Stamford Advocate April 28, 2005
Walking a tightrope: Improv group makes it up along the way
By Mary Lee Grisanti
"Improvisation" * noun 1: A creation spoken or written or composed on the
spot without prior preparation. 2: An unplanned performance. Adj:
improvisational Slang: Improv.
We have all had moments when we've had to improvise, from the trivial ("I
wasn't eating the cookies, just putting them away ...") to the terrible
("You're not pregnant?! Well you just have that glow ...") We know how it
feels to be on the spot, searching for the right thing to say. But imagine
having those moments on stage in front of an audience, and it's not a
nightmare, it's your job!
This is exactly the situation a group of friends who call themselves World
Class Indifference seek out on a regular basis. It's an ironic name for an
improv comedy team, since the members have to react to audience suggestions,
different every time. Tomorrow, WCI performs at the Music Theater of
Westport to benefit Save the Children. In a generous and unusual gesture,
the team will be underwriting the theater, the crew and every other expense
so that 100 percent of the box office will go to the Westport-based charity.
It will also mark a rare local opportunity to catch the group, which has
performed only in New York since forming a year ago. "As soon as we got
started, things started happening very fast, and we have worked exclusively
in New York," says WCI's director James Jorasch. "But all of us live in
Fairfield County and we wanted to give something back to our own community."
Group member Gilda Bonanno says: "Save the Children is local, but their work
with kids in the Sudan and India is incredible." Bonanno was in India during
the tsunami. "We were supposed to be jogging on the beach at the time, but
we were evacuated right after the earthquake. Seeing such destruction really
makes you stop and ask yourself why you are doing what you do. The average
American lifetime adds up to something like 28,000 days -- it's really not
that many when you think of the ones you've already wasted. How you spend
the rest of them becomes incredibly important."
All of WCI's members are the kind of people who seize the opportunity to
reach farther and do more. The eight-person team includes professional
actors, stand-up comedians, public speaking professionals and specialists in
corporate training and sales, many of whom met in local chapters of
Toastmasters, a volunteer organization that helps people overcome their
fears of the speaking in public.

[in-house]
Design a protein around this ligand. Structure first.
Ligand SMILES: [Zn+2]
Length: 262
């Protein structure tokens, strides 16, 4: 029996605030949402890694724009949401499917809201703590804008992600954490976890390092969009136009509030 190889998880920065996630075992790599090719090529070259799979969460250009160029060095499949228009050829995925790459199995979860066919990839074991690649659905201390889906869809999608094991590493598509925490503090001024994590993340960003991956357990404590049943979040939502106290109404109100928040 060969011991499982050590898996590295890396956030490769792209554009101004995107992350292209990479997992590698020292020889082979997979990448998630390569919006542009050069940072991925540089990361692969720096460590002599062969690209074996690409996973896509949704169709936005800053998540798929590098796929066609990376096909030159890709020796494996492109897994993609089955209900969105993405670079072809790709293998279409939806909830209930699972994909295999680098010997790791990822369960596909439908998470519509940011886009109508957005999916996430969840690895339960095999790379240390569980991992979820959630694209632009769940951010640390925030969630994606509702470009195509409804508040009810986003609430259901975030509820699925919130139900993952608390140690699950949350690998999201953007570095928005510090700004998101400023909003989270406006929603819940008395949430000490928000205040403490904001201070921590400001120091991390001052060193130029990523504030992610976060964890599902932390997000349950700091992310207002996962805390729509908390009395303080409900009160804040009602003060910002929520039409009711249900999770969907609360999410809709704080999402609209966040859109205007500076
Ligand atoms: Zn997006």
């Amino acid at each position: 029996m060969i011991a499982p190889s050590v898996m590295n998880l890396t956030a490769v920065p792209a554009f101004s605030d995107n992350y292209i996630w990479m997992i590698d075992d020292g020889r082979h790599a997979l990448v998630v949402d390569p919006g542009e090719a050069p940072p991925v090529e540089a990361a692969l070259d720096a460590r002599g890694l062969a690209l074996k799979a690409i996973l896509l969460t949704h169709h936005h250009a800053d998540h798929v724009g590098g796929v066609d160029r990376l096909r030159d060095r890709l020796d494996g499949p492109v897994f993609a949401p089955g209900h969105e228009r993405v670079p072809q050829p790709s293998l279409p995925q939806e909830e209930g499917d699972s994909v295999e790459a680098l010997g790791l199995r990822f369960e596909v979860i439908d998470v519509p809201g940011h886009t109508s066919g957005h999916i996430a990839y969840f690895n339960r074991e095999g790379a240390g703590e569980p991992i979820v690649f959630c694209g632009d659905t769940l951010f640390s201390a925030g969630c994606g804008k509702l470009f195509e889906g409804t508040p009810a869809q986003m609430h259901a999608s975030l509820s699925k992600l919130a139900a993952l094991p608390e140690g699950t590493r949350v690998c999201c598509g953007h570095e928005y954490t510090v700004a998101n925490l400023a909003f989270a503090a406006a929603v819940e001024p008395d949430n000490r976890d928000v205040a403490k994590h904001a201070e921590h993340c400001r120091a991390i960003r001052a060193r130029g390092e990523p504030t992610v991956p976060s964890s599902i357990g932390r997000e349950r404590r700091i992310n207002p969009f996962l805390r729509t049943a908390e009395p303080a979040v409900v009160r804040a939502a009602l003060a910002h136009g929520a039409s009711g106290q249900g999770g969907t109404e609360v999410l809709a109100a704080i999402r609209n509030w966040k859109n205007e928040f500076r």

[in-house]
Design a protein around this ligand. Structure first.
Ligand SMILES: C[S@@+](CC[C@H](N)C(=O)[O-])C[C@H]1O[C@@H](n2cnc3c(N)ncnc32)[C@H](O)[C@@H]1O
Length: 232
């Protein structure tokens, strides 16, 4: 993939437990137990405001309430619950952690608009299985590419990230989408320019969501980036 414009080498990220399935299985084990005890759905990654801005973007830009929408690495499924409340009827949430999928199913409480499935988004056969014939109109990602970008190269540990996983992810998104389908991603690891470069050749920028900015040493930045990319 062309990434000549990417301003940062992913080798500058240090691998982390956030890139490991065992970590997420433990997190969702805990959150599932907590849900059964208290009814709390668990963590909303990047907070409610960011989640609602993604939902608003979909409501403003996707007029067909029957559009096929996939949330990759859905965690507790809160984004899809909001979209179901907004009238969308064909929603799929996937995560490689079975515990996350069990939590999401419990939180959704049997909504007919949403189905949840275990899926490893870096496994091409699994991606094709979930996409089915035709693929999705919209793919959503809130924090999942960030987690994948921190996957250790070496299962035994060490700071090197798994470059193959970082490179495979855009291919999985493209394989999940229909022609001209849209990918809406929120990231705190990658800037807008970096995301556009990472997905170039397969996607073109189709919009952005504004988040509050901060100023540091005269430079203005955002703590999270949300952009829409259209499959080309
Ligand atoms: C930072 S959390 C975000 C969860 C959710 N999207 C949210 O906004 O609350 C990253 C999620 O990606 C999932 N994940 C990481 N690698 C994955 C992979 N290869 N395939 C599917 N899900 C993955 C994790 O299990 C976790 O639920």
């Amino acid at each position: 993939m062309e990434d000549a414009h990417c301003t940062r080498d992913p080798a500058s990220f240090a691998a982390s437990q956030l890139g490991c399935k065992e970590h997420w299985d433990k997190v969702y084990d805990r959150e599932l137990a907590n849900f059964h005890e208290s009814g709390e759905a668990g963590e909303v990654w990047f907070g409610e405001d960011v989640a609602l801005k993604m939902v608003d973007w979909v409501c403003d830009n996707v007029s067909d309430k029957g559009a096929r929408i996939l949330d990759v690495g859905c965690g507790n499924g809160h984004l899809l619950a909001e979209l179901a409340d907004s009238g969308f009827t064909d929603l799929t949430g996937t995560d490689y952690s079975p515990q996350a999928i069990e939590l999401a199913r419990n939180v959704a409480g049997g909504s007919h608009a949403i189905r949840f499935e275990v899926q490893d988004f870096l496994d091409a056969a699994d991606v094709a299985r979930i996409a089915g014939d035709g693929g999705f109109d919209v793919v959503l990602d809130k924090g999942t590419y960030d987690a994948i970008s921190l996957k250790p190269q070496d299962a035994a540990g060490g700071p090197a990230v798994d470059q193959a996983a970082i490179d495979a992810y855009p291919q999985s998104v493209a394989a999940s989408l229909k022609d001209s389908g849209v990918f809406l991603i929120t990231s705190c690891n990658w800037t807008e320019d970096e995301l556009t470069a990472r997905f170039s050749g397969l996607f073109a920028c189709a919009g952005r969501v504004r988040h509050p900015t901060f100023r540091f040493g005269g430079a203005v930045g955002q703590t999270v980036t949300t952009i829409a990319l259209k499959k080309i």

Jamie Gerelli came to the group via Toastmasters, which he says "is designed
to make people get up and talk about something they are totally unprepared
to talk about. Someone throws you a topic like 'the worst gift you ever
received.' You can't get stuck in reality for 30 seconds saying 'Um, I think
I was, um, seven, no ... eight ...' while you search for a memory. You're
forced to come up with something: 'Well, there was that time Uncle Jimmy
gave me a porcupine ...' "
In their performances, the WCI team works off random suggestions from the
audience, playing games with names like Dysfunctional Office Quirks and
Movie Style. The former sends an office manager offstage while everyone else
is assigned a quirk for him to guess; the latter makes the performers behave
in the style of a specific movie genre (a recent example: Science Fiction
meets Silent Screen). "It sounds strange," says Jorasch, "but improv has so
many rules. It's arbitrary. You never know what the audience is going to
come up with. But actually we love the really obscure suggestions."
Such as? "In a game called Audience Direct, someone calls out a location and
an emotion and you have to turn it into a scene," Gerelli recounts. "We had
the suggestion Lenin's Tomb. I was supposed to be greedy and my partner,
Chris, was supposed to be goofy. I became Vladimir exhorting him to repay
the proletariat. But Chris was thinking it was John Lennon's tomb and kept
going off about 'Strawberry Fields.' Yet there are no mistakes in improv,
you make it work"
"You look for that one person in the audience who's smiling and nodding,"
says group member Melanie Szlucha. "That person makes you relax and smile,
which makes everybody else like you more. You get into the zone (a weird,
focused state of awareness) without concentrating too hard, or it won't
"Even if it doesn't work, it's still funny watching someone struggle,"
maintains professional stand-up comic, Chris Harwood. Fellow group member
Chris Noel-Bentley agrees. "I just love to make people laugh," he says.
what: World Class Indifference
where: The Music Theatre of Connecticut, 246 Post Road E., Westport
when: Tomorrow, 8 and 9:30 p.m.
price: $15, benefit for Save the Children